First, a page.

Journal Article

Inaccuracy of clinical phenotyping parameters for hypertensive nephrosclerosis

Linda Zarif, Adrian Covic, Sudha Iyengar, Ashwini R. Sehgal, John R. Sedor and Jeffrey R. Schelling

in Nephrology Dialysis Transplantation

Published on behalf of European Renal Association - European Dialysis and Transplant Assoc

Volume 15, issue 11, pages 1801-1807
Published in print November 2000 | ISSN: 0931-0509
Published online November 2000 | e-ISSN: 1460-2385 | DOI:
Inaccuracy of clinical phenotyping parameters for hypertensive nephrosclerosis

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Background. Multiple studies suggest that hypertension‐induced end‐stage renal disease (ESRD) is heritable. Identification of nephropathy susceptibility genes absolutely requires accurate phenotyping, but the clinical hypertensive nephrosclerosis (HN) phenotype is poorly characterized. We hypothesized that many patients with HN as the indicated cause of ESRD on the Health Care Financing Administration (HCFA) 2728 form, fail to satisfy stringent HN phenotyping criteria.

Methods. Since renal biopsy documentation of HN is uncommon, clinical parameters for HN phenotype were applied: family history of hypertension, left ventricular hypertrophy, proteinuria <0.5 g/day, and hypertension preceding renal dysfunction (Schlessinger et al., 1994) or urine protein:creatinine (prot:creat) ratio <2.0 and no evidence of other renal diseases (AASK Trial Group, 1997).

Results. ESRD patients (n=607, 73% African American, 25% Caucasian) were enrolled in a study to identify HN susceptibility genes. HN was the most common cause of ESRD according to HCFA 2728 forms (37% prevalence). Phenotyping of randomly selected patients with HN from the total cohort revealed that 4/100 subjects satisfied the Schlessinger criteria, and 28/91 African Americans met AASK criteria for HN. From these figures, the adjusted prevalence of HN was only 1.5–13.5%. Of patients that could not be phenotyped for HN, 14 were misdiagnosed, 14 had urine prot:creat >2.0, and insufficient data were available in the remainder. Four patients underwent renal biopsy, but histology from only one was consistent with HN. If the HN phenotype definitions are revised to exclude ‘hypertension preceding renal dysfunction’, or proteinuria limits, then 44/100 and 39/91 patients respectively satisfy clinical phenotyping parameters for HN.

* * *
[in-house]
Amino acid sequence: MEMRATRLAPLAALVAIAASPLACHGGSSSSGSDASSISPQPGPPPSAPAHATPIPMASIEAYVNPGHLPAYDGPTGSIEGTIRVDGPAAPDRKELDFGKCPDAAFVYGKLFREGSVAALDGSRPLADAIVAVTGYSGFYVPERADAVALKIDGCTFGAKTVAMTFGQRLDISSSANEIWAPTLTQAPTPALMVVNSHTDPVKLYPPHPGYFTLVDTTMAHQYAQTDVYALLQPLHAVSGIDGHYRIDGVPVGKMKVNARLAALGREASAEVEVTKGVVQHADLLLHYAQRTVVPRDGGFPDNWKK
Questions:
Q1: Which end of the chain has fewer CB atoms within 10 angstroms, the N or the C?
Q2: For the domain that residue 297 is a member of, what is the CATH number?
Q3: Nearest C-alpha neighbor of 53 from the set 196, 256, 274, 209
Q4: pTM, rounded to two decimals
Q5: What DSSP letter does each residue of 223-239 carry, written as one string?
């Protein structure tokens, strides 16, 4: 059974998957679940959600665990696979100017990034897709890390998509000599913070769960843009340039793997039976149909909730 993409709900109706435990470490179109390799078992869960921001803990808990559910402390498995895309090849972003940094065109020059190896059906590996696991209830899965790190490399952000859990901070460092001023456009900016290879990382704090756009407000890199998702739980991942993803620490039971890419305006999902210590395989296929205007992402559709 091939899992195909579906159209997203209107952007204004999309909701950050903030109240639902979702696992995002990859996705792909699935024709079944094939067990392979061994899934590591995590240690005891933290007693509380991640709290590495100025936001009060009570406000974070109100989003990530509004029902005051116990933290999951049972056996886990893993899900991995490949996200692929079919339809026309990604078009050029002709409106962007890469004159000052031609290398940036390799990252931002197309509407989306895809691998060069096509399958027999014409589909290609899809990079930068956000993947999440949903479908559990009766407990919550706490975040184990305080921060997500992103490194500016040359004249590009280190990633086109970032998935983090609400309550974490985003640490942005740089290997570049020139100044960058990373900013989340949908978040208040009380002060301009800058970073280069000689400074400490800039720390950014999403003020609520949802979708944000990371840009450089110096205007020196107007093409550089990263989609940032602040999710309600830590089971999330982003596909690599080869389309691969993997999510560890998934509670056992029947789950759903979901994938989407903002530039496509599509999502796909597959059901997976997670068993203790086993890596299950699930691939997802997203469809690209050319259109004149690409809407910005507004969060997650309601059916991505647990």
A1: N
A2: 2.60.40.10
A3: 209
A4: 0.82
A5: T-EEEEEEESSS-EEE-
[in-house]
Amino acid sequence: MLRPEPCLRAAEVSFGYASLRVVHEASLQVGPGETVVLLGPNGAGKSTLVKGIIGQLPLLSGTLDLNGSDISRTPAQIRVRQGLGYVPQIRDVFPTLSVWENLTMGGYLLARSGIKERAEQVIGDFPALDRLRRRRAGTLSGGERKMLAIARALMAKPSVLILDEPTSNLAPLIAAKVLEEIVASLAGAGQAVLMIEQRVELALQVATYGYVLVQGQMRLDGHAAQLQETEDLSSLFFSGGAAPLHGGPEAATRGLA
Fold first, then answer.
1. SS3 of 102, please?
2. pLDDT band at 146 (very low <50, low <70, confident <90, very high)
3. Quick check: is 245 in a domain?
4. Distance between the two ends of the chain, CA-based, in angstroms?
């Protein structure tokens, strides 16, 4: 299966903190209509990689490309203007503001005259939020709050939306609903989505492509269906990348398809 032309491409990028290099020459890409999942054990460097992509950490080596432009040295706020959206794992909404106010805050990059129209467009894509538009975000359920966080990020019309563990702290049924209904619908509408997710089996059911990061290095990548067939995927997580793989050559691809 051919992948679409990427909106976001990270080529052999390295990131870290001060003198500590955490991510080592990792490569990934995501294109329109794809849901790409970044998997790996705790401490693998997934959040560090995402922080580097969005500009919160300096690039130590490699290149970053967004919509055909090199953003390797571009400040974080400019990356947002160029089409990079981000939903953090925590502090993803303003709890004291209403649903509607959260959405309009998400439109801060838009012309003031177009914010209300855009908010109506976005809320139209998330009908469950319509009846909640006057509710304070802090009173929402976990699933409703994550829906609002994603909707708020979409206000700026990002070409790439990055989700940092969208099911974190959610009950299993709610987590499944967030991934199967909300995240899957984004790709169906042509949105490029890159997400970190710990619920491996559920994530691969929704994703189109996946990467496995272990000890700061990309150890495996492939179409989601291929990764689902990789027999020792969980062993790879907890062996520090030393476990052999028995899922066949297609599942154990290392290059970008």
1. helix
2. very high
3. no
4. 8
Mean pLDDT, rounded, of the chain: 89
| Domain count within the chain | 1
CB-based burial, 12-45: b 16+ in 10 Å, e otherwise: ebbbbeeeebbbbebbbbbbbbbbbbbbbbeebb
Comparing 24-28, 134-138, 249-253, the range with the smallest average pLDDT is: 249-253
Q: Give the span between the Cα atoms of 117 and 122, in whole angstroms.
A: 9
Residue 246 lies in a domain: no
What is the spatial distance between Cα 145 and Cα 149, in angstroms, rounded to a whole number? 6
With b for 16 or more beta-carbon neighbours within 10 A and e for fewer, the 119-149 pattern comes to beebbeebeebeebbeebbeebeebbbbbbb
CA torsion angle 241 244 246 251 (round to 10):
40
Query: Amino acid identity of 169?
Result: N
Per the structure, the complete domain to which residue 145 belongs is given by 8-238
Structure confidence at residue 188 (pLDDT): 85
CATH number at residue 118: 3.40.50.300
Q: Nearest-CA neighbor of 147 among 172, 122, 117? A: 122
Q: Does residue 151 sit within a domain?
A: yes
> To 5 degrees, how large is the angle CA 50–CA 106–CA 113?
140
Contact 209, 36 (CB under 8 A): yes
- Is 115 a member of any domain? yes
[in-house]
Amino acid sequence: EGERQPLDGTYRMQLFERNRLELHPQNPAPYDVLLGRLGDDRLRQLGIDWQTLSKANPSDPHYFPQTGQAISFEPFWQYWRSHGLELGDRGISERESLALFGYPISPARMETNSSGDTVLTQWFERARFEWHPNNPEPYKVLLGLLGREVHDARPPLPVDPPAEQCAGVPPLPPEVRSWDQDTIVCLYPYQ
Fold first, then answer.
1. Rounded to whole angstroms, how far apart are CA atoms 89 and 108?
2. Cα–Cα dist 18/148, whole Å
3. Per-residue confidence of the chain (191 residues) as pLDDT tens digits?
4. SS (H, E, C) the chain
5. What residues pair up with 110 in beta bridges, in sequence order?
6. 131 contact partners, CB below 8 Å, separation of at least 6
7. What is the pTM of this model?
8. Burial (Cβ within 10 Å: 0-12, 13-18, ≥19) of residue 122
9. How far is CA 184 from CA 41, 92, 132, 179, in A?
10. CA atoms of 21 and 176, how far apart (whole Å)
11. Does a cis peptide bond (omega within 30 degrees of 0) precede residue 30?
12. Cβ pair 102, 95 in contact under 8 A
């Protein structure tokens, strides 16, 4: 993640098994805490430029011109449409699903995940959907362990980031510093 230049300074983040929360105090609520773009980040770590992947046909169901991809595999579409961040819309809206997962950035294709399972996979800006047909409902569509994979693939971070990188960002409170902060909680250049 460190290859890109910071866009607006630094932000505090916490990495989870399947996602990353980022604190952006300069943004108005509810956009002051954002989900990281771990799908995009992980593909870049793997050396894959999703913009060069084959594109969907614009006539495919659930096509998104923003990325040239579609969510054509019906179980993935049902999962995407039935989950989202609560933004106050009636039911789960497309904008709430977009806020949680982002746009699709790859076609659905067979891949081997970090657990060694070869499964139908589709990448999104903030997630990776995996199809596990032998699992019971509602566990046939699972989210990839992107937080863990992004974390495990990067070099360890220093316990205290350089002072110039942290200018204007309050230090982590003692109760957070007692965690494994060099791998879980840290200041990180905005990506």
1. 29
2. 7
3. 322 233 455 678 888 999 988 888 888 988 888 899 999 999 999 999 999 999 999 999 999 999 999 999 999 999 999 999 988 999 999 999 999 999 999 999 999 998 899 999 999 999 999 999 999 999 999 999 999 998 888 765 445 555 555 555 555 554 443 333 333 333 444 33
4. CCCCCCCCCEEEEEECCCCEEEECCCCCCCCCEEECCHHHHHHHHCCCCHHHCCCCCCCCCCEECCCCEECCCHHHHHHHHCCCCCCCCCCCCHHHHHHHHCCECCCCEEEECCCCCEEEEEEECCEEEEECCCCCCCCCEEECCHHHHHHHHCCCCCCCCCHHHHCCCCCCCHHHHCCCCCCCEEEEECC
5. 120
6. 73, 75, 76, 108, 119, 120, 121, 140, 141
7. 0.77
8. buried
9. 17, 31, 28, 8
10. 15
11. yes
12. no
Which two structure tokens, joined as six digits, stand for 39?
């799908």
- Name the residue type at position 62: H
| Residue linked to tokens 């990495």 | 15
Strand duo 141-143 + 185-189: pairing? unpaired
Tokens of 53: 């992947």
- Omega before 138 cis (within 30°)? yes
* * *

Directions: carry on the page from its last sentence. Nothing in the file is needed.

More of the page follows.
Conclusions. (i) We provide the strongest evidence to date that HN is less frequent in an ESRD population than commonly assumed if strict clinical criteria are used; many patients clinically diagnosed with HN may have undetected, treatable renal disease from other causes; (ii) relaxing HN phenotype criteria may erroneously include patients with glomerular diseases and secondary hypertension; (iii) reliance on HCFA 2728 diagnoses will confound identification of HN susceptibility genes; (iv) to attain adequate statistical power for genotype analysis, rigorous HN phenotyping will require screening an extremely large number of patients, which can be reasonably accomplished only in a multi‐centre trial design.

Keywords: diagnosis; ESRD; genes; hypertension; nephropathy; renal failure

Journal Article.  4521 words. 

Subjects: Nephrology

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